June 2019 News

Home News June 2019 News


Moving into the Winter months, it can be a little touch and go with the weather. We generally spend our time dodging clouds and drinking copious amounts of tea.


We farewell long time crew member Todd and welcome Glenn, our visiting Instructor.

Happy future flying to our former Instructor, Todd.

A big congratulations is in order for our flight instructor Todd. As of last month, he’s had the opportunity to take up a dream job in New Caledonia! Whilst we’re sad to see him go, we’re happy for the time he had here and the contributions he made to Melbourne Heli over the years. We hope to see him again soon.

Welcome Glenn! Glenn has studied in both Australia and New Zealand, completing his instructor rating in 2012 before moving back to Melbourne. He ran the Falls Creek helicopter operations at Mount Hotham whilst setting up a flight school in the North West region of Victoria. Glenn has operated as a flight instructor for many years, and has served as a quality and safety manager. The man takes a great selfie too.

Student congratulations

A few of our students this month deserve a big congratulations for reaching solo flight in their training. It’s the first proper milestone in our Aviation careers and is fun to boot. See what our students said about it.

Nat, CPL student

“When I described to my family what it’s like to do a solo circuit I said ‘It’s like your mom driving you to the mall so you can practice driving around the parking lot before the two of you drive home together.’ Except it’s 1000x more rewarding and the ‘car’ is a little more expensive. Soon I’ll be ‘driving to the mall’ all on my own and it’s so surreal and exciting that I’ll be completely solo soon! I love every minute of my training here.”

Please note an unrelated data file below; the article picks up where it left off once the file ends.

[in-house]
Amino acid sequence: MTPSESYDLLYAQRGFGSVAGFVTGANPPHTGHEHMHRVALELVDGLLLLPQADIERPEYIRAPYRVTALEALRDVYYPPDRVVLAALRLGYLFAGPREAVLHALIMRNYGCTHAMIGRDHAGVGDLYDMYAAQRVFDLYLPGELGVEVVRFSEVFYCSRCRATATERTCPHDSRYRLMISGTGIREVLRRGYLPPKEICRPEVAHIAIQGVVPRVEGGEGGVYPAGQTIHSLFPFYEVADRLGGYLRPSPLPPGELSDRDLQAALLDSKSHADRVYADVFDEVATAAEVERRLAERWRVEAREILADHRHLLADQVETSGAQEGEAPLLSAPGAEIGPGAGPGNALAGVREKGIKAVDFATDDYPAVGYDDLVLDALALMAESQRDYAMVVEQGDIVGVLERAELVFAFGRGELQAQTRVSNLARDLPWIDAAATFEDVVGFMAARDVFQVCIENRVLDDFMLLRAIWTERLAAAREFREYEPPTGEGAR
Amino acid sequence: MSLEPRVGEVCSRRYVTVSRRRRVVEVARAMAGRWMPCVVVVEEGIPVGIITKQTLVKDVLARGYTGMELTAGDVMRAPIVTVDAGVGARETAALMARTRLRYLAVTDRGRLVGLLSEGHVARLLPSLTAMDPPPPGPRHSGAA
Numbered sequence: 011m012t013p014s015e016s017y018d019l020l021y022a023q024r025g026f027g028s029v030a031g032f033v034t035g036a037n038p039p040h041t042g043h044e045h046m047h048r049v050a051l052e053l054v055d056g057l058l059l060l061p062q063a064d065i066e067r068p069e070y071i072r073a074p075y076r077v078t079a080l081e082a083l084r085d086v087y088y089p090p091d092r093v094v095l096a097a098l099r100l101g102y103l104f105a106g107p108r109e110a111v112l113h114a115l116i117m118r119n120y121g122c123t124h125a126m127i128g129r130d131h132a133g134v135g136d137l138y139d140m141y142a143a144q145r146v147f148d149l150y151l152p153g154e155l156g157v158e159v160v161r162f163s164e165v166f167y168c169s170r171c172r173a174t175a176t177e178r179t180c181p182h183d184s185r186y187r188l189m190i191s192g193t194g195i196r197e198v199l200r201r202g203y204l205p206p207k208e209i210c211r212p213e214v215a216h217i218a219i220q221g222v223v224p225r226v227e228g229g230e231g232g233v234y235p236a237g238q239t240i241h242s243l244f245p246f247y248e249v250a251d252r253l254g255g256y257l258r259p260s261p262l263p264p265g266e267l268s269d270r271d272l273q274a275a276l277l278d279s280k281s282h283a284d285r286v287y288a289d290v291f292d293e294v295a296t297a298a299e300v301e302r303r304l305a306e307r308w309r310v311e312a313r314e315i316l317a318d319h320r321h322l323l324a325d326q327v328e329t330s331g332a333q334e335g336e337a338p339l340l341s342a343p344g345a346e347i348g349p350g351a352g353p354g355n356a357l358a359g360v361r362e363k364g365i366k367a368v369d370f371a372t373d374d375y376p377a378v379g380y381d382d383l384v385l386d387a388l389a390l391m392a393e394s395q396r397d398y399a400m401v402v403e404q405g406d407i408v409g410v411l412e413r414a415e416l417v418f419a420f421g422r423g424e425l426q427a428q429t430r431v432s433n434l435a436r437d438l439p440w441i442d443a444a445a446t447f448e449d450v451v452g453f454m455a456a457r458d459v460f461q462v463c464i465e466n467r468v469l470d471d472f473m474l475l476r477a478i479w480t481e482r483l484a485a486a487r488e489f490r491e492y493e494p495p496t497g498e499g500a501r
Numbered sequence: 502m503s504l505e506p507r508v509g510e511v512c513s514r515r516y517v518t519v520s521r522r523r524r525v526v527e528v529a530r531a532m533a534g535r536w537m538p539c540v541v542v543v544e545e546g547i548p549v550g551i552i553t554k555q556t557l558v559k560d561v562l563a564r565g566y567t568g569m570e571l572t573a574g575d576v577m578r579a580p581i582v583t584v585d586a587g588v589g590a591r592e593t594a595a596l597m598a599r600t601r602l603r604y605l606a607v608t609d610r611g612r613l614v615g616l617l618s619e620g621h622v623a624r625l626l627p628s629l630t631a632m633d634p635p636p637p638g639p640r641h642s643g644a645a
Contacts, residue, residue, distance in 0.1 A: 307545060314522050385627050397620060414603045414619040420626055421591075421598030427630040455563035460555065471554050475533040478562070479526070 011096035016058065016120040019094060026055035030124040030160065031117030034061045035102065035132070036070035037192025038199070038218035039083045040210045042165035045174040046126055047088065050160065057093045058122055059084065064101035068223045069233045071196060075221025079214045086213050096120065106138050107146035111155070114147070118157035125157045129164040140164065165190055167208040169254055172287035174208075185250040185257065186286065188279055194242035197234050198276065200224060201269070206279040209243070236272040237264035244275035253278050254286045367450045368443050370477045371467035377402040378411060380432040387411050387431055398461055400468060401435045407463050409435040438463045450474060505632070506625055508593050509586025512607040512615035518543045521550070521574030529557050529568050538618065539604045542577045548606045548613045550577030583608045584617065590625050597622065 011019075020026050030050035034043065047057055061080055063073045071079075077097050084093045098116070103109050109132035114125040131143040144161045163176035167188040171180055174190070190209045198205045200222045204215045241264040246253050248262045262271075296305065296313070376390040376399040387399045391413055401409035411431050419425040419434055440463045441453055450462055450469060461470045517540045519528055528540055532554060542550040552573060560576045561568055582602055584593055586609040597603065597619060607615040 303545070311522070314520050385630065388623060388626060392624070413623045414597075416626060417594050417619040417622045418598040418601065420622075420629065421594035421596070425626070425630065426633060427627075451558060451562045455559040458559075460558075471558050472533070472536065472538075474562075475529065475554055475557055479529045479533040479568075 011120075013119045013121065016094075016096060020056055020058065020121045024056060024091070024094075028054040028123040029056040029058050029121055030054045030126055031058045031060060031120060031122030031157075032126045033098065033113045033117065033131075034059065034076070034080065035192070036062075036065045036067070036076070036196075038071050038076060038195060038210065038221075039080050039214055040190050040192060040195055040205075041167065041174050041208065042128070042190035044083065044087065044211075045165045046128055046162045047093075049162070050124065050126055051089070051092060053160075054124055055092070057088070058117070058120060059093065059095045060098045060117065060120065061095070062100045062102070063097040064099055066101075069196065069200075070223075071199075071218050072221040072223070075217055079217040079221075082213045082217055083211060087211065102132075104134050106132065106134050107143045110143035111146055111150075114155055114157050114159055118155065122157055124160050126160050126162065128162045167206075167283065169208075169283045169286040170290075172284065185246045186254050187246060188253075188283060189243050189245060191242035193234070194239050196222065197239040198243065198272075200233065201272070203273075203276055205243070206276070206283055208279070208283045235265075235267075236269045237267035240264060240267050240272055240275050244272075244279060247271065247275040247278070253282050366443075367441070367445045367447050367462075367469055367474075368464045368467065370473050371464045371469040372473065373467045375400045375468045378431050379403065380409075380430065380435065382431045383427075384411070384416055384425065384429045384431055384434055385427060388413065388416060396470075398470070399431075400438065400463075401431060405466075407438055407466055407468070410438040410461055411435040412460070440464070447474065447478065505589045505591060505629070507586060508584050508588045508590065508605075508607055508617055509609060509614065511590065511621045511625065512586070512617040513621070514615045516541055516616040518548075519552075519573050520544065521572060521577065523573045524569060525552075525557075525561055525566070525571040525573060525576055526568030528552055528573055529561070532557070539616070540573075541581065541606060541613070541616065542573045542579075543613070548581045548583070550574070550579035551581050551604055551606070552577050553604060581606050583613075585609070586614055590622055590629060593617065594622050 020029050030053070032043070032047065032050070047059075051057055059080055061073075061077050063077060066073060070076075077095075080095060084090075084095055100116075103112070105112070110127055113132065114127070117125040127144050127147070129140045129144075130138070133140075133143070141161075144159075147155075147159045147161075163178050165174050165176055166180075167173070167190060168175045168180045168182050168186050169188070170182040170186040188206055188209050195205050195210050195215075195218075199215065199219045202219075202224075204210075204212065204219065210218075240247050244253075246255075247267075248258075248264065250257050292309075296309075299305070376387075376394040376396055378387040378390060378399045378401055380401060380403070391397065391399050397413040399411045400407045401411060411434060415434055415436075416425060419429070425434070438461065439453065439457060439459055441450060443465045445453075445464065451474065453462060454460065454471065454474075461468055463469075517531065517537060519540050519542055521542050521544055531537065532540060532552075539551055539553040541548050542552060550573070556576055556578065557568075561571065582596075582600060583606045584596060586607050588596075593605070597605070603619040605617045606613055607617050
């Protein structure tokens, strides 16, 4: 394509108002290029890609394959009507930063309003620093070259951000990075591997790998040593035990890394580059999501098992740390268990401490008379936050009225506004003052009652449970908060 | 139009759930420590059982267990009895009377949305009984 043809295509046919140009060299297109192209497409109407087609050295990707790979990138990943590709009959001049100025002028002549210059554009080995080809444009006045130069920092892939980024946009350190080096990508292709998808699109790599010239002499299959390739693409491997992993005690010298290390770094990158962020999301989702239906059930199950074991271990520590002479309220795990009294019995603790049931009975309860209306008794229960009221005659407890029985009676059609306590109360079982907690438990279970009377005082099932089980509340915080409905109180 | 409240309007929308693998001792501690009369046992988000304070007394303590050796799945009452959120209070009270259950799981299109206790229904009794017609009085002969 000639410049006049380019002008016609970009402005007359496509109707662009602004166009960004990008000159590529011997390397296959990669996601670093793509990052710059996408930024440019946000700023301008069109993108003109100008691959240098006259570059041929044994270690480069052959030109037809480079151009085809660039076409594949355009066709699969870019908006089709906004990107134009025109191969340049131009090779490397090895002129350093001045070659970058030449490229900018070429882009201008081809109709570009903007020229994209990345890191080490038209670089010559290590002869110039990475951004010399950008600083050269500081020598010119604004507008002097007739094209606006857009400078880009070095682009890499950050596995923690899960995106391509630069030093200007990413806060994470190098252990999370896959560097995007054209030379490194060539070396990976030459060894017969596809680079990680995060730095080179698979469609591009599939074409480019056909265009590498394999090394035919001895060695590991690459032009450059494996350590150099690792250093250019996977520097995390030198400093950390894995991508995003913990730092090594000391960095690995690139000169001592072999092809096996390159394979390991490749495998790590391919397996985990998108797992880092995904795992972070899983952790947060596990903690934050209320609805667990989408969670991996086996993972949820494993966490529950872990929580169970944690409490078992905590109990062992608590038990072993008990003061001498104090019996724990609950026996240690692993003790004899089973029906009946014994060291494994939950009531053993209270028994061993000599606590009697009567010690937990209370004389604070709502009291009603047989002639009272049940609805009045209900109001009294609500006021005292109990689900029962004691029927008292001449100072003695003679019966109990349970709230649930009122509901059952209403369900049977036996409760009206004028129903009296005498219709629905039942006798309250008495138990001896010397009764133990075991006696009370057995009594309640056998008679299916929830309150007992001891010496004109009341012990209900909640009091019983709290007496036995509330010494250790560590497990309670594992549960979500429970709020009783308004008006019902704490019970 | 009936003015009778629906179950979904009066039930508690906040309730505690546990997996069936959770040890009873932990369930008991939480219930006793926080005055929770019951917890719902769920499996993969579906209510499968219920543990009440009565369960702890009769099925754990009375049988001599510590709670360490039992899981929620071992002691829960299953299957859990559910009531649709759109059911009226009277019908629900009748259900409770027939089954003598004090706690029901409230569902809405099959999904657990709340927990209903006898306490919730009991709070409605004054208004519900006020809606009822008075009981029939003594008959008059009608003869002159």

Michael, CPL student

‘Yep I was flying solo and I actually felt completely calm, albeit with a greatly heightened sense of awareness that it was me, and only me in control here.

Alex had done the incredible job of taking me from virtually zero helicopter experience a few weeks ago, not even knowing how to start the machine, to being competent to fly it completely on my own. “How was that?!” she asked after joining me in the cockpit (afterwards). “Awesome!” I replied, pretty much summing up how good it felt, “Absolutely awesome”.

David, CPL student

It was time for my first solo flight, a major step in the journey towards becoming a helicopter pilot. My first solo flight was probably the most exciting of them all. It’s where I was able to put all my theory into practice. It consists of successfully completing a take-off, a circuit pattern and a safe landing. The balance and power behind the helicopter felt different with one less person. The helicopter leant back more in the hover and climbed quicker which was a shock to me at first. This all enabled me to gain confidence in my own flight abilities. After my solo city orbit I felt content and ensured I made the right decision in pursuing a career in flying helicopters. The solo flights are when reality kicks in and you know you’re only moments away from being a commercial pilot.

Send us your story


Sharing stories about the industry is one of the best ways to learn and pass on important lessons in the aviation world. If you walk into one of our classrooms at any one time, chances are you’ll stumble upon one of our instructors sharing an experience they had. These walls hear all sorts of stories, funny, strange, and sometimes nail biting. We’d love to hear yours.

If you have an experience you’d like to share, send through to sophie@melbourneheli.com to feature on the website, or in the next newsletter!

'Radio Silence', by Alex T.